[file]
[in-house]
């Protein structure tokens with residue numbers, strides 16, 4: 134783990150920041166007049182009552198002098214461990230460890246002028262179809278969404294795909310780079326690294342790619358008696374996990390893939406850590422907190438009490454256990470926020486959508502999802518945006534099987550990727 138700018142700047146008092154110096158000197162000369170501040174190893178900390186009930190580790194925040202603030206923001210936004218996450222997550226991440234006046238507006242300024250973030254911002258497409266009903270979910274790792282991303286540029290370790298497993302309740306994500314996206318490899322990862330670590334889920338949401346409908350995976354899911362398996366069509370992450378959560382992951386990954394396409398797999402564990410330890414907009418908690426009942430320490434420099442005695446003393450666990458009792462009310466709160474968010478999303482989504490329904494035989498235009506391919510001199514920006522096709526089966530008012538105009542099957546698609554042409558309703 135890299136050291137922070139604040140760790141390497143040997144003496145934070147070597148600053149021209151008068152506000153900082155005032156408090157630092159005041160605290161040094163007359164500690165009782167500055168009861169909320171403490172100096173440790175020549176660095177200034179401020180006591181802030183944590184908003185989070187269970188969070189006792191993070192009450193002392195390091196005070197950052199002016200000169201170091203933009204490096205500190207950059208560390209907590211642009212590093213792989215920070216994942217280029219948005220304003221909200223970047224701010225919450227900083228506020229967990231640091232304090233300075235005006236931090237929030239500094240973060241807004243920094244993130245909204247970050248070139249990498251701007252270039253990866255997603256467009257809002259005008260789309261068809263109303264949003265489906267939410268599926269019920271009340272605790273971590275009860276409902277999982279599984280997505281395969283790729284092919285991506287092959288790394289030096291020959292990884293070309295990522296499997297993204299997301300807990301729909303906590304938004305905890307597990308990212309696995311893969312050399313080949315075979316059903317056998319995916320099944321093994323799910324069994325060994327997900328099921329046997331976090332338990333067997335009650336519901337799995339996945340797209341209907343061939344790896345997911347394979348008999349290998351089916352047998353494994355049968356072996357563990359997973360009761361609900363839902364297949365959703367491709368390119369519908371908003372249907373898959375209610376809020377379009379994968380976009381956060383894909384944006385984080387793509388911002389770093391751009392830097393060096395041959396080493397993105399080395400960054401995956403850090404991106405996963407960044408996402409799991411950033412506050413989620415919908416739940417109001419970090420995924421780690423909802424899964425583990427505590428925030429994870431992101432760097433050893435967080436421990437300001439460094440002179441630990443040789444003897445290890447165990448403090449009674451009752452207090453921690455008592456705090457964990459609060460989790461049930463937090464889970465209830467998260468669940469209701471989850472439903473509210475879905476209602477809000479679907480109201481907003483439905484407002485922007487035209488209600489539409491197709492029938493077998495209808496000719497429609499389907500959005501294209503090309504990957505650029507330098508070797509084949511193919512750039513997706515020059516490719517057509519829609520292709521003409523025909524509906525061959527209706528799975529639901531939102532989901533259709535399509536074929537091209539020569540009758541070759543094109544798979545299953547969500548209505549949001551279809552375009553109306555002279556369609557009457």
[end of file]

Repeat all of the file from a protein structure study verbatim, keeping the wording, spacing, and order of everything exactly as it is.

[in-house]
């Protein structure tokens with residue numbers, strides 16, 4: 134783990150920041166007049182009552198002098214461990230460890246002028262179809278969404294795909310780079326690294342790619358008696374996990390893939406850590422907190438009490454256990470926020486959508502999802518945006534099987550990727 138700018142700047146008092154110096158000197162000369170501040174190893178900390186009930190580790194925040202603030206923001210936004218996450222997550226991440234006046238507006242300024250973030254911002258497409266009903270979910274790792282991303286540029290370790298497993302309740306994500314996206318490899322990862330670590334889920338949401346409908350995976354899911362398996366069509370992450378959560382992951386990954394396409398797999402564990410330890414907009418908690426009942430320490434420099442005695446003393450666990458009792462009310466709160474968010478999303482989504490329904494035989498235009506391919510001199514920006522096709526089966530008012538105009542099957546698609554042409558309703 135890299136050291137922070139604040140760790141390497143040997144003496145934070147070597148600053149021209151008068152506000153900082155005032156408090157630092159005041160605290161040094163007359164500690165009782167500055168009861169909320171403490172100096173440790175020549176660095177200034179401020180006591181802030183944590184908003185989070187269970188969070189006792191993070192009450193002392195390091196005070197950052199002016200000169201170091203933009204490096205500190207950059208560390209907590211642009212590093213792989215920070216994942217280029219948005220304003221909200223970047224701010225919450227900083228506020229967990231640091232304090233300075235005006236931090237929030239500094240973060241807004243920094244993130245909204247970050248070139249990498251701007252270039253990866255997603256467009257809002259005008260789309261068809263109303264949003265489906267939410268599926269019920271009340272605790273971590275009860276409902277999982279599984280997505281395969283790729284092919285991506287092959288790394289030096291020959292990884293070309295990522296499997297993204299997301300807990301729909303906590304938004305905890307597990308990212309696995311893969312050399313080949315075979316059903317056998319995916320099944321093994323799910324069994325060994327997900328099921329046997331976090332338990333067997335009650336519901337799995339996945340797209341209907343061939344790896345997911347394979348008999349290998351089916352047998353494994355049968356072996357563990359997973360009761361609900363839902364297949365959703367491709368390119369519908371908003372249907373898959375209610376809020377379009379994968380976009381956060383894909384944006385984080387793509388911002389770093391751009392830097393060096395041959396080493397993105399080395400960054401995956403850090404991106405996963407960044408996402409799991411950033412506050413989620415919908416739940417109001419970090420995924421780690423909802424899964425583990427505590428925030429994870431992101432760097433050893435967080436421990437300001439460094440002179441630990443040789444003897445290890447165990448403090449009674451009752452207090453921690455008592456705090457964990459609060460989790461049930463937090464889970465209830467998260468669940469209701471989850472439903473509210475879905476209602477809000479679907480109201481907003483439905484407002485922007487035209488209600489539409491197709492029938493077998495209808496000719497429609499389907500959005501294209503090309504990957505650029507330098508070797509084949511193919512750039513997706515020059516490719517057509519829609520292709521003409523025909524509906525061959527209706528799975529639901531939102532989901533259709535399509536074929537091209539020569540009758541070759543094109544798979545299953547969500548209505549949001551279809552375009553109306555002279556369609557009457």